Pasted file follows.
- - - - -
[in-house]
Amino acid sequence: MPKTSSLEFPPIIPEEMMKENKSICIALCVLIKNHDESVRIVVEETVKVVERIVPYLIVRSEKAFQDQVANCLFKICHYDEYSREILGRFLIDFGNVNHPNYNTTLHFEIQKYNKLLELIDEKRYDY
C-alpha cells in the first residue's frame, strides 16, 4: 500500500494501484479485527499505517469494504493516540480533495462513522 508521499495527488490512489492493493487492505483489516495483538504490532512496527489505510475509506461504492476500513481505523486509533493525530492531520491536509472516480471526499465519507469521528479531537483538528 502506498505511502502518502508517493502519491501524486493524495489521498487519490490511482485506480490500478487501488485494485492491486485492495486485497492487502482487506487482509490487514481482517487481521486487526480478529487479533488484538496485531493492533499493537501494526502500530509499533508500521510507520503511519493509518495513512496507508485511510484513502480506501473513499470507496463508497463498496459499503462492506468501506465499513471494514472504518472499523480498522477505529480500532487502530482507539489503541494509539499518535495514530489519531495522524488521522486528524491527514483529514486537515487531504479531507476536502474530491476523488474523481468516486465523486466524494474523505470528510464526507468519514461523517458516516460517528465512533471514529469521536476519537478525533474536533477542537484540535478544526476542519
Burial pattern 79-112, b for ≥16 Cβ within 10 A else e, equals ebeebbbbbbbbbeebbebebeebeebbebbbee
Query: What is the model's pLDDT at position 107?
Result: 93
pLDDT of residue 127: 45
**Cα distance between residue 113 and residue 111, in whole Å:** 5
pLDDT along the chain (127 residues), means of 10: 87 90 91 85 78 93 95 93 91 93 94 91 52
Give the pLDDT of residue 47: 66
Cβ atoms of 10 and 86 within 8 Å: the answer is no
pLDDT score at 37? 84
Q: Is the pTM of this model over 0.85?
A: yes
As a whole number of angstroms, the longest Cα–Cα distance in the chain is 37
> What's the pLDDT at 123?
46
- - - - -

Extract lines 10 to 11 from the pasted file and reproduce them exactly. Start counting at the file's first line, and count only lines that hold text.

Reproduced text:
Give the pLDDT of residue 47: 66
Cβ atoms of 10 and 86 within 8 Å: the answer is no